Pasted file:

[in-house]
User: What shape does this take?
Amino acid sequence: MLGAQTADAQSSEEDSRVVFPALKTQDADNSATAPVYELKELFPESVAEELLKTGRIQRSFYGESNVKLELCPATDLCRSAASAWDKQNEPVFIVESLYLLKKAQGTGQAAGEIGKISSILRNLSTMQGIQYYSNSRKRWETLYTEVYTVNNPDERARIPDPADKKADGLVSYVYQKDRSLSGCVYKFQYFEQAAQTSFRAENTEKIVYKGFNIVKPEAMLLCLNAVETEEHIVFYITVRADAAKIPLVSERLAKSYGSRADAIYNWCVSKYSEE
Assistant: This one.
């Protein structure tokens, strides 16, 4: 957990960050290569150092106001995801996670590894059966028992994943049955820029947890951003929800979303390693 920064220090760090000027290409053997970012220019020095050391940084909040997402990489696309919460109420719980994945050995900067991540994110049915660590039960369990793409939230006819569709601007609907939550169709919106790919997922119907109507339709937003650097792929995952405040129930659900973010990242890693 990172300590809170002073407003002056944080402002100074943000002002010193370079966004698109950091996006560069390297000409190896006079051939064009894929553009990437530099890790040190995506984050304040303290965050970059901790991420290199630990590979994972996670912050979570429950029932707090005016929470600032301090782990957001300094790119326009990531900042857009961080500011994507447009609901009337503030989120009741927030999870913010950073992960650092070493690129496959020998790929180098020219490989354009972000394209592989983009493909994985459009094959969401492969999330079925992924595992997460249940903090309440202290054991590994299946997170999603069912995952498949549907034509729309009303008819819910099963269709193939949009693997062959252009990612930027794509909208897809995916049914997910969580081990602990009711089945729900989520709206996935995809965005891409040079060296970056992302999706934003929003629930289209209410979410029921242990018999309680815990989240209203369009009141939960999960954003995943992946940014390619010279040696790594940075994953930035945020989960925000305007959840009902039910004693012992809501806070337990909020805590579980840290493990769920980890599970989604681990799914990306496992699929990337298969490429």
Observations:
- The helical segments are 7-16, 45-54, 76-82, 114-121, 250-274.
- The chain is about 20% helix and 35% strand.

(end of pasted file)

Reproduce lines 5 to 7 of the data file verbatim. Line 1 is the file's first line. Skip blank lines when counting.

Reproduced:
């Protein structure tokens, strides 16, 4: 957990960050290569150092106001995801996670590894059966028992994943049955820029947890951003929800979303390693 920064220090760090000027290409053997970012220019020095050391940084909040997402990489696309919460109420719980994945050995900067991540994110049915660590039960369990793409939230006819569709601007609907939550169709919106790919997922119907109507339709937003650097792929995952405040129930659900973010990242890693 990172300590809170002073407003002056944080402002100074943000002002010193370079966004698109950091996006560069390297000409190896006079051939064009894929553009990437530099890790040190995506984050304040303290965050970059901790991420290199630990590979994972996670912050979570429950029932707090005016929470600032301090782990957001300094790119326009990531900042857009961080500011994507447009609901009337503030989120009741927030999870913010950073992960650092070493690129496959020998790929180098020219490989354009972000394209592989983009493909994985459009094959969401492969999330079925992924595992997460249940903090309440202290054991590994299946997170999603069912995952498949549907034509729309009303008819819910099963269709193939949009693997062959252009990612930027794509909208897809995916049914997910969580081990602990009711089945729900989520709206996935995809965005891409040079060296970056992302999706934003929003629930289209209410979410029921242990018999309680815990989240209203369009009141939960999960954003995943992946940014390619010279040696790594940075994953930035945020989960925000305007959840009902039910004693012992809501806070337990909020805590579980840290493990769920980890599970989604681990799914990306496992699929990337298969490429």
Observations:
- The helical segments are 7-16, 45-54, 76-82, 114-121, 250-274.